a while, your head hit a tree, but it will all come back to you soon. Do you
remember what happened when you passed out a couple of days ago?”
Naomi thought hard. “I remember white. Lots of
white. Then a lot of black.”
“Makes sense,” observed Lea, “you were buried
under three feet of snow. Do you remember Fae? You two were best friends.” Lea
handed Naomi a picture. A blue Shoyru, apparently Naomi, was playing with a
yellow ixi. A smile was frozen on both of their faces, captured by the camera.
Naomi studied it. “No, I don’t remember, but
I’m really trying.”
Lea smiled patiently. “Well, you think about
it. I’ll go make some breakfast.”
Naomi nodded gratefully and focused her attention
on the picture. They seemed to be having a good time. She yawned, and decided
to take a nap. She was asleep before her head hit the pillow.
Over the next couple of days Lea brought random items that might jog Naomi’s
memory, but none of them worked. Naomi groaned. “I’m looking for it, really
I am. But my memories just don’t want to be found!”
Lea smiled. “Then let them find you. Don’t concentrate
so hard. Tomorrow we’ll take a little field trip around Terror Mountain, okay?”
Naomi smiled and thanked Lea for her efforts
before falling back asleep.
The next day came and passed slowly. Lea showed her Grundo Snow Throw, where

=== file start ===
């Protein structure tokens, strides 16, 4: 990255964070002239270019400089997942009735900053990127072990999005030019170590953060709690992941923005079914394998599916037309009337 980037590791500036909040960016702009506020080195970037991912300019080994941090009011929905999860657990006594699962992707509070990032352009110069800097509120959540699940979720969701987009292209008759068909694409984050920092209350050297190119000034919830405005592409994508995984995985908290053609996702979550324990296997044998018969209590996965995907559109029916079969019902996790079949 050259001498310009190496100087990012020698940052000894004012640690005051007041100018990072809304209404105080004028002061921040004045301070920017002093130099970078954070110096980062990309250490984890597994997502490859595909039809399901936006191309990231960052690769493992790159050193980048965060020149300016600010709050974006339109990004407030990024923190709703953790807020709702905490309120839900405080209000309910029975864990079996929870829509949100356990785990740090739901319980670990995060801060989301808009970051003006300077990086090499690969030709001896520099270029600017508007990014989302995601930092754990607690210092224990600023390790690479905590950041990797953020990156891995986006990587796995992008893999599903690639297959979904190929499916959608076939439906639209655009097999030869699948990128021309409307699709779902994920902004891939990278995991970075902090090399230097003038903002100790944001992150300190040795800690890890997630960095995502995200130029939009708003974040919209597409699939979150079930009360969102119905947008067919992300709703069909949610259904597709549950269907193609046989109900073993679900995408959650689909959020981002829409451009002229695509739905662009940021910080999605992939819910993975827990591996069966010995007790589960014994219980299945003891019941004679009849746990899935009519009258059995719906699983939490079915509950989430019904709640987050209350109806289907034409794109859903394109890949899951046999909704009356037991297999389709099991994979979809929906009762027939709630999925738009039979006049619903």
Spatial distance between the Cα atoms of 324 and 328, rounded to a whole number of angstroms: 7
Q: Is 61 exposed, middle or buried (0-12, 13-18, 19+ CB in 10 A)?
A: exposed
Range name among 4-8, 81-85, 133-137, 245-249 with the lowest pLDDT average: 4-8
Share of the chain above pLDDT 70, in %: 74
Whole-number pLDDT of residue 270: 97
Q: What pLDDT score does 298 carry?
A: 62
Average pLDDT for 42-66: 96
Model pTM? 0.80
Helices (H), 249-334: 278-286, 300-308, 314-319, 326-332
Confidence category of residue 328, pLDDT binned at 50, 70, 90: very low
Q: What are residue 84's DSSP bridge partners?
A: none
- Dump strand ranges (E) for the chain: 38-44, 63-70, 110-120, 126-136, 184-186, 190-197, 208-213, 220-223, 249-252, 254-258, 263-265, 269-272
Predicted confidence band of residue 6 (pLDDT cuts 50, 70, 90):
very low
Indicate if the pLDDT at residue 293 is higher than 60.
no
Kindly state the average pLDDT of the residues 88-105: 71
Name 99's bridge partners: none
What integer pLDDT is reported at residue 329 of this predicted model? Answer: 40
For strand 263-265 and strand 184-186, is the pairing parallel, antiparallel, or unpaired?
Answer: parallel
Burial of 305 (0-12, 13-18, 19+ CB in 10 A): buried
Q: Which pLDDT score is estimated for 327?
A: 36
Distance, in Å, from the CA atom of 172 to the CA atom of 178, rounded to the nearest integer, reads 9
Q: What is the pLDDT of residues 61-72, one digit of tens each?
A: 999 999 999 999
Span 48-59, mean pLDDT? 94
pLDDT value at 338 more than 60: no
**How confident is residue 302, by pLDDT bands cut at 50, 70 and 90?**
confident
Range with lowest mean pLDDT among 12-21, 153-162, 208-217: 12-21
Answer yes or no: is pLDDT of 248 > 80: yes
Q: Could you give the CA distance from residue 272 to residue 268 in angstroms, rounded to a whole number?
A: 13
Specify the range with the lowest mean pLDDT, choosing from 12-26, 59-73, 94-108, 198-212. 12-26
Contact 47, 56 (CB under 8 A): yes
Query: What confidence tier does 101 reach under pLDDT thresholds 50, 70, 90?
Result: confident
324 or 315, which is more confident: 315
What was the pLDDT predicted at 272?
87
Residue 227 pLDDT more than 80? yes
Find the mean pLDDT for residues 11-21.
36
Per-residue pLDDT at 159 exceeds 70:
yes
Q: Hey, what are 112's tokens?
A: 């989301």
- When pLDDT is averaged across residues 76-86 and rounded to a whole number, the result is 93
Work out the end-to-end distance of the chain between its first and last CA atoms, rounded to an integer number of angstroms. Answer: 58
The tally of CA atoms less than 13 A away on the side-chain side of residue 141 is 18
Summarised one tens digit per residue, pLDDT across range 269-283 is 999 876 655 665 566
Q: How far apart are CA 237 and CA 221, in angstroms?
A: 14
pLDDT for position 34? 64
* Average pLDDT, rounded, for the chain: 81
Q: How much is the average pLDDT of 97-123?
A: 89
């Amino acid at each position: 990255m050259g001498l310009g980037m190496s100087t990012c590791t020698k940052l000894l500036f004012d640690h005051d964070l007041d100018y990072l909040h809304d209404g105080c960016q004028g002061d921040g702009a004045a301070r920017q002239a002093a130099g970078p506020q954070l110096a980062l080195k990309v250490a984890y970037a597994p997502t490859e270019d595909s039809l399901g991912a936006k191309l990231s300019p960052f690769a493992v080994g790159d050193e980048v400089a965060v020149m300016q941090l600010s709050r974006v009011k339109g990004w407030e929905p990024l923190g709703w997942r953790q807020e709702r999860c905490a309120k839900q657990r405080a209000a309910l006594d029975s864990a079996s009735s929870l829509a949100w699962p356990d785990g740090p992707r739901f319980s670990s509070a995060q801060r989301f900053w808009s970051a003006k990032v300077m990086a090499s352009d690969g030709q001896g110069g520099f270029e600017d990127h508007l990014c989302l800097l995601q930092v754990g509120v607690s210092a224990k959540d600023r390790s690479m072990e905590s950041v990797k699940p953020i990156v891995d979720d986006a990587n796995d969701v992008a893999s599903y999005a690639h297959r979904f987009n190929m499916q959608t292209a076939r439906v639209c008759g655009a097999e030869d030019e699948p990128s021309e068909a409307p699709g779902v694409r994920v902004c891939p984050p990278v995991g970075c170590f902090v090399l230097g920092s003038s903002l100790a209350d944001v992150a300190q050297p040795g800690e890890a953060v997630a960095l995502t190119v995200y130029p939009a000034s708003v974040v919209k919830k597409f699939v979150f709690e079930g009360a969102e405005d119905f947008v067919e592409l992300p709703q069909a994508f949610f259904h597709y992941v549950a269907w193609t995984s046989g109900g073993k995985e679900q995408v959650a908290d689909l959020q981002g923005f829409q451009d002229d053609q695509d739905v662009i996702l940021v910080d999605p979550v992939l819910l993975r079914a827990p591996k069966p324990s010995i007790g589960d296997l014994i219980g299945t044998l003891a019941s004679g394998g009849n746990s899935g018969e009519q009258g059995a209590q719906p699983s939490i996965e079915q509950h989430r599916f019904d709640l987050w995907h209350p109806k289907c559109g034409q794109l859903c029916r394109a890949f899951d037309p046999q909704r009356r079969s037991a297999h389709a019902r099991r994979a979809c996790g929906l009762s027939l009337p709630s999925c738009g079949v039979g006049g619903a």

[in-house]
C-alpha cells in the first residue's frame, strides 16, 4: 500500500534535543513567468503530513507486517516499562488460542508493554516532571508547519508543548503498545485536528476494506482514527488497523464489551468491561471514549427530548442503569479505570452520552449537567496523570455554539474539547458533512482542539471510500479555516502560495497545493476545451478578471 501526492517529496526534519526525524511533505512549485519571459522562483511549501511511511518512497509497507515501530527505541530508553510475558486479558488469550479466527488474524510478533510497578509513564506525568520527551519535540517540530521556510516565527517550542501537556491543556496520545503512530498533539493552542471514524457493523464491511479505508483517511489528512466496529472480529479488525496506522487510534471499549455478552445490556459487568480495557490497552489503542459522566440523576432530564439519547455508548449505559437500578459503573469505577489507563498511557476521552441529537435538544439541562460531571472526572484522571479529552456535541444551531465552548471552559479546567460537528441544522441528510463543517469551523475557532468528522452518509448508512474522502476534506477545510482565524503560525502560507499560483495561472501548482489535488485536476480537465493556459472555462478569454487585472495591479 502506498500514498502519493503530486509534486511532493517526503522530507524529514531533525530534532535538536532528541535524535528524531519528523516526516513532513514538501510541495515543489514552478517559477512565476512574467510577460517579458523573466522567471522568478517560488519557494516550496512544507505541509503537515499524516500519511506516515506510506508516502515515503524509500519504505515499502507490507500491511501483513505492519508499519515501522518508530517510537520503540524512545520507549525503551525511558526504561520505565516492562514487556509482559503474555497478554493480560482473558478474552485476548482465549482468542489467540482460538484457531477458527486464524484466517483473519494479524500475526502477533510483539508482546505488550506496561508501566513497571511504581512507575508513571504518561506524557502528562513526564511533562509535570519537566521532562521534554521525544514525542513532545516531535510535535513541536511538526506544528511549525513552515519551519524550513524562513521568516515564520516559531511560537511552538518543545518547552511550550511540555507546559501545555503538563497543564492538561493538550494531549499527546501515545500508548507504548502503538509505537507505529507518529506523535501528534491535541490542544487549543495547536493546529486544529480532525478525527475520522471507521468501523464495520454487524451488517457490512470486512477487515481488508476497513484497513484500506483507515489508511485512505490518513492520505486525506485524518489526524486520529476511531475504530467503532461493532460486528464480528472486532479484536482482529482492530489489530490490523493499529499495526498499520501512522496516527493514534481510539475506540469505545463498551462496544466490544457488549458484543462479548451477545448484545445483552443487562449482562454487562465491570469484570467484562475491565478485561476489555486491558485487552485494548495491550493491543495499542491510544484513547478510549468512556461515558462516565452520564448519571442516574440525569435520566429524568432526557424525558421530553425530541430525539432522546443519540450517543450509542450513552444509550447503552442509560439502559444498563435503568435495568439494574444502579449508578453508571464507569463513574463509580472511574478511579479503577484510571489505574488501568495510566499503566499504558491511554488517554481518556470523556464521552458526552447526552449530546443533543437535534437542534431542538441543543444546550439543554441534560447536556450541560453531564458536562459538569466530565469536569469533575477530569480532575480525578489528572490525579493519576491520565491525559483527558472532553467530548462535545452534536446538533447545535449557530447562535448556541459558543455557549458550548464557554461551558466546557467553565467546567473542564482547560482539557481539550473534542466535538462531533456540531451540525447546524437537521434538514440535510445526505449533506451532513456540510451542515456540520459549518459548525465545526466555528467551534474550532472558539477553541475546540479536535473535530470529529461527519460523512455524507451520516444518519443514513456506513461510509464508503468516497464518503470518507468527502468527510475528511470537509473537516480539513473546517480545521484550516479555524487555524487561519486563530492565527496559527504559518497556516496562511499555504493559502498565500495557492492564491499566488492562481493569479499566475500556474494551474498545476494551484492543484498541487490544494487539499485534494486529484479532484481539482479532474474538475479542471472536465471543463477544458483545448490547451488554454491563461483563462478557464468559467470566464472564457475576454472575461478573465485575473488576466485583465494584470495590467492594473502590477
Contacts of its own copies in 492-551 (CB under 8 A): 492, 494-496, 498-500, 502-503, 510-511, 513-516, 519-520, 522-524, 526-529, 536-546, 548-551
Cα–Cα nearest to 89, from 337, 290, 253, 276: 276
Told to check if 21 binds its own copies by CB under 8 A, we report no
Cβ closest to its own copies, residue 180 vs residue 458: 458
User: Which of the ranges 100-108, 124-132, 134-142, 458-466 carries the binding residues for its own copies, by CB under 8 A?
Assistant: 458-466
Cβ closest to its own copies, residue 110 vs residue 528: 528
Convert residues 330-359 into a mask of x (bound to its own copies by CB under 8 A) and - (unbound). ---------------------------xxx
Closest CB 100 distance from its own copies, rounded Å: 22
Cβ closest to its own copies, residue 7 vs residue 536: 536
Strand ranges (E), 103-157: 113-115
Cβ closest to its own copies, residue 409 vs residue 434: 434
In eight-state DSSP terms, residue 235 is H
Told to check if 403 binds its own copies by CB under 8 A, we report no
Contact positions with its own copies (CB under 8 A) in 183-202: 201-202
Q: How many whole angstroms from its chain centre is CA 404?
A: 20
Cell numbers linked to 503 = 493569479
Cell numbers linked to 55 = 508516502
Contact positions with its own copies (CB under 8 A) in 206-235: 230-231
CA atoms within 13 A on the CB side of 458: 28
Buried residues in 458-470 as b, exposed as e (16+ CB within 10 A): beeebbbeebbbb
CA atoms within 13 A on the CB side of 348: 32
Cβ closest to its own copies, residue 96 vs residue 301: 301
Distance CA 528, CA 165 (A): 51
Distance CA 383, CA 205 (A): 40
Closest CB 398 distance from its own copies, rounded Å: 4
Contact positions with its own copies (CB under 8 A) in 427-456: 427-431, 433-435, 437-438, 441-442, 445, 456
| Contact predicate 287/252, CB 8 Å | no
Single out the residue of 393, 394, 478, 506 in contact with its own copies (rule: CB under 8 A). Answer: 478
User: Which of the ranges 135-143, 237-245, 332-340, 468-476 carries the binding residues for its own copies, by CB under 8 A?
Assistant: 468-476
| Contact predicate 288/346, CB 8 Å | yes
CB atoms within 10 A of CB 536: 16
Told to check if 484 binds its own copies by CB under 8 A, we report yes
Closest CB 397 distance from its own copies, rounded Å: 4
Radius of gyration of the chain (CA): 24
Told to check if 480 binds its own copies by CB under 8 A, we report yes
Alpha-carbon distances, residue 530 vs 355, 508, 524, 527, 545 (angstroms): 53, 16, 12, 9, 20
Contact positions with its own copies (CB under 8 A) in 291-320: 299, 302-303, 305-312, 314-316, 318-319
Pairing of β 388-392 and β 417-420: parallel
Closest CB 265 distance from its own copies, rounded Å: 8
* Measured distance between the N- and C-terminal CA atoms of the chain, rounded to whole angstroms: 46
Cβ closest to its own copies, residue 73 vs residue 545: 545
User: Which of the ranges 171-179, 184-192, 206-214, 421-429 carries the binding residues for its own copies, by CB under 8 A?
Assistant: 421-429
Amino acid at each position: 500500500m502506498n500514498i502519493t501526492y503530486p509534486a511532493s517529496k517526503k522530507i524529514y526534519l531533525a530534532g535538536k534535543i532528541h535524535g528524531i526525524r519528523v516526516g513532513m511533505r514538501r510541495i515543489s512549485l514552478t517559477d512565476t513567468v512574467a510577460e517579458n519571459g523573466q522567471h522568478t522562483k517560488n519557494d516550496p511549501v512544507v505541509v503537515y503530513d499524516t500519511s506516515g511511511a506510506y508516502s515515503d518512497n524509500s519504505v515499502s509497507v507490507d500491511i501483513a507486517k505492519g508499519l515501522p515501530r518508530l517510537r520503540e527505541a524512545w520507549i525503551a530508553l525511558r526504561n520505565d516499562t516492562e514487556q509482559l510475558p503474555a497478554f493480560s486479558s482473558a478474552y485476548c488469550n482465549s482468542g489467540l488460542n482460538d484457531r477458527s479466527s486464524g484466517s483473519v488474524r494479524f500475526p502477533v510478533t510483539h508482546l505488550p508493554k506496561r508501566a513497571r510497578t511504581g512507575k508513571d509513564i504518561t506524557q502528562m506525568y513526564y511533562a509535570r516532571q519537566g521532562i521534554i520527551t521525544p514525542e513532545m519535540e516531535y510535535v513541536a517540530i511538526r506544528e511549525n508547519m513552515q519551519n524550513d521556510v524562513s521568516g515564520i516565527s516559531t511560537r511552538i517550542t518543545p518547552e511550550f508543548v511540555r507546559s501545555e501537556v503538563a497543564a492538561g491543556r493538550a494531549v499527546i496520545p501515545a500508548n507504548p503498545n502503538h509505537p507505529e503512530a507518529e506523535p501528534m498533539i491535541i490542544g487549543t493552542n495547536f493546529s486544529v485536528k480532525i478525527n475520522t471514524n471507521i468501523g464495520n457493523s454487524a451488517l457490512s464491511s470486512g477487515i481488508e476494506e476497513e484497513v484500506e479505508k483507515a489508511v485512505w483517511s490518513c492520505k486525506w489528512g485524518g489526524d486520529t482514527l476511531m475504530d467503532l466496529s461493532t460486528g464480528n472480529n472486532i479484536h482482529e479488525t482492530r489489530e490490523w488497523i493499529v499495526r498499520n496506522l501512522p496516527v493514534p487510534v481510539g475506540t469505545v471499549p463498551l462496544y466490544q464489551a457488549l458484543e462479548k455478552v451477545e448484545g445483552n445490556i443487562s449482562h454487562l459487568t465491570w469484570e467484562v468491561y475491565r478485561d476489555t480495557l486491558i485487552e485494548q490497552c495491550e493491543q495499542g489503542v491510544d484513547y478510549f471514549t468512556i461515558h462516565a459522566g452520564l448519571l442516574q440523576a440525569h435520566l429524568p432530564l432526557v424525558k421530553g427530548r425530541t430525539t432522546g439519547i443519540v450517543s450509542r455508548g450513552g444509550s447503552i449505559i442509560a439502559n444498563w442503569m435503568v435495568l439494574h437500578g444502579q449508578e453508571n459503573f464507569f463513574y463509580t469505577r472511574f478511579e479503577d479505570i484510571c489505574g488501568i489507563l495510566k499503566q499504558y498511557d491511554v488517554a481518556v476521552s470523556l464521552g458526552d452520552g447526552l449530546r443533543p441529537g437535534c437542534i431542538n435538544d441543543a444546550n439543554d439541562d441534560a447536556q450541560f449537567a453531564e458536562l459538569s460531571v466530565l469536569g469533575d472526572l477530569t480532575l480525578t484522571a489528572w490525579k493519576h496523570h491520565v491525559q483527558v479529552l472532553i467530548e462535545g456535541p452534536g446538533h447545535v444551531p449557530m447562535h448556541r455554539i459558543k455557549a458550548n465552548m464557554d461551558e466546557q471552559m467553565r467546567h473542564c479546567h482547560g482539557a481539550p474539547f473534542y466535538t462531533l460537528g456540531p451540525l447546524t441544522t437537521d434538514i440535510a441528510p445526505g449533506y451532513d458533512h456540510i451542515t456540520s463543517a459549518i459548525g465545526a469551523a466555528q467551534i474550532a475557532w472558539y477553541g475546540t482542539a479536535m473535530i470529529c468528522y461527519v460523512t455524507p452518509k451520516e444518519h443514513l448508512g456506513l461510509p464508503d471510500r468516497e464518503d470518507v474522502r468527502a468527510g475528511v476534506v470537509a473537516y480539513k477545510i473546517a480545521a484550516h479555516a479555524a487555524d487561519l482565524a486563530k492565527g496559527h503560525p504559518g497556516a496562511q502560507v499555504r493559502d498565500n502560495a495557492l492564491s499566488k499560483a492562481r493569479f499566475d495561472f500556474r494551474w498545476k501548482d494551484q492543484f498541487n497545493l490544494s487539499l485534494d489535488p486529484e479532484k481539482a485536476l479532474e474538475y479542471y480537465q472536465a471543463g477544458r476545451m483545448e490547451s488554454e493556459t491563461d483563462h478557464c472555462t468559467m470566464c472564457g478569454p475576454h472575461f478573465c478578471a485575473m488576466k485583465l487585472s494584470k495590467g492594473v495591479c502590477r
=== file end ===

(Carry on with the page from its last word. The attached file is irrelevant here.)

she used to play with Fae. She tried the Ice arena and Advent Calender, but
nothing seemed to work. They ate lunch at the Snow Food shop. Lea sighed. “Let’s
go to the Snowager and grab something next. He should be asleep about now.”
Naomi nodded. Perhaps the answer would be there.
They stood at the entrance half an hour later.
“Alright, Naomi. You wait right here at the cave entrance and I’ll run in and
get something. Don’t move away from this spot.”
Naomi nodded and did as she was told. Lea inched
closer, pausing every time the Snowager switched positions. She picked out a
Negg, and made her way toward it. Holding her breath, she reached out to take
the treasure. As it lifted free, other items came tumbling down. The Snowager
reared up and narrowed its cold eyes at the intruder. It cried out deafeningly
and lunged at her. Lea raced out of the entrance, and nearly had to drag a stunned
Lea placed the negg carefully in the snow. “What
was wrong with you, Naomi? Why didn’t you run?”
Naomi’s eyes looked distant. “I remember now.
It was clear, we were walking home. The clouds came, and the cry… it was the
Snowager. We ran, but the avalanche; it was too fast... Fae! Where is she? Where’s
Fae? We had so many good times together…so many happy memories… where is she?”
Lea smiled. “You remember. That’s great! And…”
Naomi stared at her. “But what about Fae?”
Lea looked down and shuffled her talons. “About
Naomi stared at the tombstone quietly. Fresh snow fell upon it, and it read;
May You Always Rest In Peace
Naomi’s knees gave in and she fell to the fresh
snow, sobbing. “Fae, why did she have to go? She was my best friend… my best
Lea placed a comforting wing around her shoulder.
“I remember now, all of it, but I wish I didn’t.
Why can’t the past just stay behind me, where it belongs?”
Lea looked at her sympathetically as a silent
tear crept down her cheek. “Yes, Naomi, the past belongs behind us, but our
memories belong in our heart.”